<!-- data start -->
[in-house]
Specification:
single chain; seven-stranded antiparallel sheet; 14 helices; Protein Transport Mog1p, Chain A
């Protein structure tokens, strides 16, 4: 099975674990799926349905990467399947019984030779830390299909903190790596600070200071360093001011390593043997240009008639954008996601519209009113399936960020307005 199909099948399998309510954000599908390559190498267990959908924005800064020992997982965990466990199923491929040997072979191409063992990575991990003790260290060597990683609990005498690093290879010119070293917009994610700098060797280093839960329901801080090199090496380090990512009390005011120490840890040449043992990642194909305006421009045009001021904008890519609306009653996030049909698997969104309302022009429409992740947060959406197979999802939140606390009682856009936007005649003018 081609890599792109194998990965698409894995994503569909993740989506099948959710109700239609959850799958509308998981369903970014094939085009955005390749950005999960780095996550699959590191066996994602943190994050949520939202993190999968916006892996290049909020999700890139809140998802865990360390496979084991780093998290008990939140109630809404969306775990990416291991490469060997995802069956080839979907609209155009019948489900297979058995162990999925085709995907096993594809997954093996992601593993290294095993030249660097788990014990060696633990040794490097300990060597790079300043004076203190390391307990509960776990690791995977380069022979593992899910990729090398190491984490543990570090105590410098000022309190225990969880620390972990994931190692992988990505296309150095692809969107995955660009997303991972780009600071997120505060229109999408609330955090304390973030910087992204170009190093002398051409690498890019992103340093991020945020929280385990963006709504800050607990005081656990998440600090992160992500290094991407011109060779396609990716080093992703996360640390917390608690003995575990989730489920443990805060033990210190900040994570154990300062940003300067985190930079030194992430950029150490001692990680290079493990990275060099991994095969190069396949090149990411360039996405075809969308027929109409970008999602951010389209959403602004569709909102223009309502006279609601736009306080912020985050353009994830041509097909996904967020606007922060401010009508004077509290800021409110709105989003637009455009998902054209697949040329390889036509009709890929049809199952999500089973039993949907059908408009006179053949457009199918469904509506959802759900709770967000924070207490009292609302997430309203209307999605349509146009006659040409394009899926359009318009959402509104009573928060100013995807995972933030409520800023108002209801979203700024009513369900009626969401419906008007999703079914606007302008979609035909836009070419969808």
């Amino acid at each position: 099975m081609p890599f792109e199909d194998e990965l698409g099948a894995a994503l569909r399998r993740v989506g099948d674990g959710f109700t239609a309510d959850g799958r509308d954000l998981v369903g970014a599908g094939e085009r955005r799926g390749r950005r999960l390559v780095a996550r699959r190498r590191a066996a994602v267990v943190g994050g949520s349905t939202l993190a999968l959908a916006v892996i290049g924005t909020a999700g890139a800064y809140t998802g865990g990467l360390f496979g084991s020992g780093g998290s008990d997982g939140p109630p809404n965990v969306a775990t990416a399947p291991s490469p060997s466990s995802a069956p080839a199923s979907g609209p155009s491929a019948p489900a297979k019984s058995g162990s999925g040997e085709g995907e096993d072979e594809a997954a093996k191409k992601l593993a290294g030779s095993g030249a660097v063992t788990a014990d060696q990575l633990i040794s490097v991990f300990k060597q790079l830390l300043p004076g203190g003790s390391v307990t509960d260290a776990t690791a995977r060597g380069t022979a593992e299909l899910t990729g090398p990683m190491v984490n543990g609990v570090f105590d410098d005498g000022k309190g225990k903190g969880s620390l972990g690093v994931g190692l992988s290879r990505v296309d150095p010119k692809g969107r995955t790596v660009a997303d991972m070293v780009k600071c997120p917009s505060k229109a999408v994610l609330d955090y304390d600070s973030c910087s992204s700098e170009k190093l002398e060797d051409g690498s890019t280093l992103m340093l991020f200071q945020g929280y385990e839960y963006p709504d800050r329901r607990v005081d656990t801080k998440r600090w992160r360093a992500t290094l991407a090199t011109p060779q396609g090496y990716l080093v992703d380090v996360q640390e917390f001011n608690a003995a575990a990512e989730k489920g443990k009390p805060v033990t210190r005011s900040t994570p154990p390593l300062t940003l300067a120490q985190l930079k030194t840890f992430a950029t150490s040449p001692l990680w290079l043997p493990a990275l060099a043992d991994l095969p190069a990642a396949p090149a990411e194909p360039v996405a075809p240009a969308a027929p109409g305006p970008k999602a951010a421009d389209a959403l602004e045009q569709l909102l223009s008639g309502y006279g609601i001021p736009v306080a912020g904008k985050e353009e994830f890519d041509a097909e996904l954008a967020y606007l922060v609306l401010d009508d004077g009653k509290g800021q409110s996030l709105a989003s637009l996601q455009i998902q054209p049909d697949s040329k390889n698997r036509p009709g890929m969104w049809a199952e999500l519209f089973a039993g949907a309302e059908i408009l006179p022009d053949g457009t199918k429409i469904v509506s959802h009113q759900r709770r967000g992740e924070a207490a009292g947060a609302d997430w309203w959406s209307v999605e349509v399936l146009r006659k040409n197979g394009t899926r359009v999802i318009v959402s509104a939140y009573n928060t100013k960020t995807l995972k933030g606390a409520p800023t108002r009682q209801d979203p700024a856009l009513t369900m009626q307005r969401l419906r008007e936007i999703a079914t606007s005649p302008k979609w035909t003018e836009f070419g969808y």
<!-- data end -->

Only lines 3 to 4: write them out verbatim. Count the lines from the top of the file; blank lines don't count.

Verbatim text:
single chain; seven-stranded antiparallel sheet; 14 helices; Protein Transport Mog1p, Chain A
């Protein structure tokens, strides 16, 4: 099975674990799926349905990467399947019984030779830390299909903190790596600070200071360093001011390593043997240009008639954008996601519209009113399936960020307005 199909099948399998309510954000599908390559190498267990959908924005800064020992997982965990466990199923491929040997072979191409063992990575991990003790260290060597990683609990005498690093290879010119070293917009994610700098060797280093839960329901801080090199090496380090990512009390005011120490840890040449043992990642194909305006421009045009001021904008890519609306009653996030049909698997969104309302022009429409992740947060959406197979999802939140606390009682856009936007005649003018 081609890599792109194998990965698409894995994503569909993740989506099948959710109700239609959850799958509308998981369903970014094939085009955005390749950005999960780095996550699959590191066996994602943190994050949520939202993190999968916006892996290049909020999700890139809140998802865990360390496979084991780093998290008990939140109630809404969306775990990416291991490469060997995802069956080839979907609209155009019948489900297979058995162990999925085709995907096993594809997954093996992601593993290294095993030249660097788990014990060696633990040794490097300990060597790079300043004076203190390391307990509960776990690791995977380069022979593992899910990729090398190491984490543990570090105590410098000022309190225990969880620390972990994931190692992988990505296309150095692809969107995955660009997303991972780009600071997120505060229109999408609330955090304390973030910087992204170009190093002398051409690498890019992103340093991020945020929280385990963006709504800050607990005081656990998440600090992160992500290094991407011109060779396609990716080093992703996360640390917390608690003995575990989730489920443990805060033990210190900040994570154990300062940003300067985190930079030194992430950029150490001692990680290079493990990275060099991994095969190069396949090149990411360039996405075809969308027929109409970008999602951010389209959403602004569709909102223009309502006279609601736009306080912020985050353009994830041509097909996904967020606007922060401010009508004077509290800021409110709105989003637009455009998902054209697949040329390889036509009709890929049809199952999500089973039993949907059908408009006179053949457009199918469904509506959802759900709770967000924070207490009292609302997430309203209307999605349509146009006659040409394009899926359009318009959402509104009573928060100013995807995972933030409520800023108002209801979203700024009513369900009626969401419906008007999703079914606007302008979609035909836009070419969808």